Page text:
Meanwhile, the oldest videogame company was also making its plans for 1993. Unlike 3DO, gaming pioneer Atari initially was highly secretive about its forthcoming Jaguar. In an early 1992 press release, Bob Schuricht, Atari’s National Sales Director, claimed that the company was considering several configurations for the Jaguar, including both 32- and 64-bit architectures. But the press release was vague about how software would be loaded into the machine, citing just about every input device imaginable, from cartridges, CDs and diskettes to keyboards and modems. Atari wasn’t taking any chances. It planned to use whichever technology the industry seemed to be heading towards. By not committing itself to any set technology, Atari planned its Jaguar to be at the forefront of the videogame industry, once it would finally be released.

By the end of the year, Atari’s offiicals were finally willing to speak openly about the Jaguar. The system would be 64-bit and was scheduled for release sometime in the summer of 1993. It would contain a RISC-based processor and new custom chips that would allow for scaling, rotation and stereo sound. It would accept cartridge-based games that would contain more memory than SNES cartridges, but less than those for the Neo•Geo.

Check out more of the rich history of the industry in Leonard Herman’s book Phoenix IV available at Rolenta Press and make sure to sign up to get Old School Gamer Magazine for free by clicking here!

Leonard Herman Leonard Herman (26 Posts)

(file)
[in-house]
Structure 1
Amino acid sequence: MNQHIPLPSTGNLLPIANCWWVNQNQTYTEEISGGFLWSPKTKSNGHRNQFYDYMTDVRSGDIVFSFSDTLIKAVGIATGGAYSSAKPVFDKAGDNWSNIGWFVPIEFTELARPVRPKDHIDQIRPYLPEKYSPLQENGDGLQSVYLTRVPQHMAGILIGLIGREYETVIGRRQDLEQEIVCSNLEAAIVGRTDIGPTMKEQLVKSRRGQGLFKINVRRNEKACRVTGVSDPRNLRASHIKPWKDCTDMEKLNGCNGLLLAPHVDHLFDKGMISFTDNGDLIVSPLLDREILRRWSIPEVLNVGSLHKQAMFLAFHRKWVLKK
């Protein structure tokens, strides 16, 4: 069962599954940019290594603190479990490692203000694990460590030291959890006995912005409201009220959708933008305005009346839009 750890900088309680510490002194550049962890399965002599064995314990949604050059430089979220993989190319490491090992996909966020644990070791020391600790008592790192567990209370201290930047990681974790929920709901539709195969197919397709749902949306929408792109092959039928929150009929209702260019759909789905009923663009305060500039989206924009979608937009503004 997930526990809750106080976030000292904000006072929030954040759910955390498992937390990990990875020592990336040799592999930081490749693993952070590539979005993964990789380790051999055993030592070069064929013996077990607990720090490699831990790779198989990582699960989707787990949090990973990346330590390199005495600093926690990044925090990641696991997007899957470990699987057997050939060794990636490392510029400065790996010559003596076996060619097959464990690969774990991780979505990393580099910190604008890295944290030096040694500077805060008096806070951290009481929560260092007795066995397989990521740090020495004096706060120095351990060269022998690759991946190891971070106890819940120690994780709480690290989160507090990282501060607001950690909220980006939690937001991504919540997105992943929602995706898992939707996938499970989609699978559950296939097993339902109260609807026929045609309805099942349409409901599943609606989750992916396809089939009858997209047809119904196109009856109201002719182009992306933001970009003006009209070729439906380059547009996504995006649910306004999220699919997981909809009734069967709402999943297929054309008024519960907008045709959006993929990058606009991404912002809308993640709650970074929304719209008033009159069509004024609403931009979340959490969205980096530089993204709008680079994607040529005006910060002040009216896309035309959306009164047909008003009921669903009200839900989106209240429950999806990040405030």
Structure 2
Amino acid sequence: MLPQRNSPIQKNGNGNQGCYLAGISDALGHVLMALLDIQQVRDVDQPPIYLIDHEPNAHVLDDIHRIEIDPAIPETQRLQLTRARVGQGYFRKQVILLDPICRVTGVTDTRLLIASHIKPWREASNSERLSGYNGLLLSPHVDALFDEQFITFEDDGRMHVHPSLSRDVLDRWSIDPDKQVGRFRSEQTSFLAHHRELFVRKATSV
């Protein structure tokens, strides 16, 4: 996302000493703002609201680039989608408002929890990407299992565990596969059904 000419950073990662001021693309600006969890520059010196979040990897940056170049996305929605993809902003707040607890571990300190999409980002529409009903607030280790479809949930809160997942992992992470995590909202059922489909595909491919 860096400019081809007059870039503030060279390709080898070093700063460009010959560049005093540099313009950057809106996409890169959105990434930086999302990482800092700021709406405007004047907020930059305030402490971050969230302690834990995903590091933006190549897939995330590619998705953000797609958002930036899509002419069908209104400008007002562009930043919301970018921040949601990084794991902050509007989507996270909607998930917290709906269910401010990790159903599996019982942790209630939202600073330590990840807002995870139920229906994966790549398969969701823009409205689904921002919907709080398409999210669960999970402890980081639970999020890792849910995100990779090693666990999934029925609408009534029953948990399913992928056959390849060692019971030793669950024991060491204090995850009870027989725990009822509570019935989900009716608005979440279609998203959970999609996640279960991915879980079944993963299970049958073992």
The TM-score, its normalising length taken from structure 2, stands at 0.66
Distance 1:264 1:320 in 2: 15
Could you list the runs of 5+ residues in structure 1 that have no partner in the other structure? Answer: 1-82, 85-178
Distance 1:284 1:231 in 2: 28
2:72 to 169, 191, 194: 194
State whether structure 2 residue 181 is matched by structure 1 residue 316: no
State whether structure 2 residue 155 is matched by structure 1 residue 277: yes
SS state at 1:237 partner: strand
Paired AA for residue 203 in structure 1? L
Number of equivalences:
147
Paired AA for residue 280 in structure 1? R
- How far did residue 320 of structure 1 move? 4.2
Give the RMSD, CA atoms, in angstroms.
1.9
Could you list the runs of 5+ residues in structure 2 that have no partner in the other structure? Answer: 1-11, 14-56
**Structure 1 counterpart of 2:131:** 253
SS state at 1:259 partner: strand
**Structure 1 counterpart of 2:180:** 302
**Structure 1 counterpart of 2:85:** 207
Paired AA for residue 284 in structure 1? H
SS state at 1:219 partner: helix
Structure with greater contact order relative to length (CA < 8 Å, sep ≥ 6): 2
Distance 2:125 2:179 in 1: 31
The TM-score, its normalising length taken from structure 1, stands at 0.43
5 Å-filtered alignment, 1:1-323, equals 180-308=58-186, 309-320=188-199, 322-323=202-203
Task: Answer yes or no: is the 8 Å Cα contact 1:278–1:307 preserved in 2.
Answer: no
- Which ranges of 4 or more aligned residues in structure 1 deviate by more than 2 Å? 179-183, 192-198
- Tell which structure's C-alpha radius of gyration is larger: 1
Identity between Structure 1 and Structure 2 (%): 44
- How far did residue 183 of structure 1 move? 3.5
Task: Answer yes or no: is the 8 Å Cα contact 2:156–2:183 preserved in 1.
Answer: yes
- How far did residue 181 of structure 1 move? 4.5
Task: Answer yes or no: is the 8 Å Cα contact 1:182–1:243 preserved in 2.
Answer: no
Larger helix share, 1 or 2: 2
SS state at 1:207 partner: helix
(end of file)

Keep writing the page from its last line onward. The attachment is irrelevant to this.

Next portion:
Leonard Herman, The Game Scholar, is regarded as one of the earliest and most respected videogame historians. The first edition of his book Phoenix: The Fall & Rise of Home Videogames, which was published in 1994, is considered to be the first serious and comprehensive book about the history of videogames. He has written articles for Videogaming & Computer Illustrated, Games Magazine, Electronic Gaming Monthly, the Official U.S. PlayStation Magazine, Pocket Games, Classic Gamer Magazine, Edge, Game Informer, Classic Gamer Magazine, Manci Games, and Video Game Trader, which he also edited. He has also contributed articles to several videogame-related books, including Supercade, The Video Game Explosion and The Encyclopedia of Video Games. Mr. Herman has also written the book ABC To the VCS (A Directory of Software for the Atari 2600), a compendium of game summaries. He has also written and designed user's manuals for the following Atari VCS games: Cracked, Save the Whales, Pick-Up, Rush Hour, Looping, The Entity and Lasercade, as well as the user's guide to Ralph Baer's Pinball! for the Odyssey2. In 1994, he founded Rolenta Press, a publisher of videogame books, whose catalogue included Videogames: In the Beginning, by Ralph H. Baer, the inventor of the videogame console, and Confessions of the Game Doctor by Bill Kunkel, the world's first videogame journalist. Two Rolenta Press books were included in a list of the top ten videogame books of all time by Game Informer magazine in 2008. Mr. Herman has served as an advisor for Videotopia, Classic Gaming Expo and the National Videogame Museum. He has appeared in several episodes of G4's Icons and in the documentary, The King of Arcades. In 2003, Mr. Herman received a Classic Gaming Expo Achievement Award in recognition for his accomplishments in documenting game history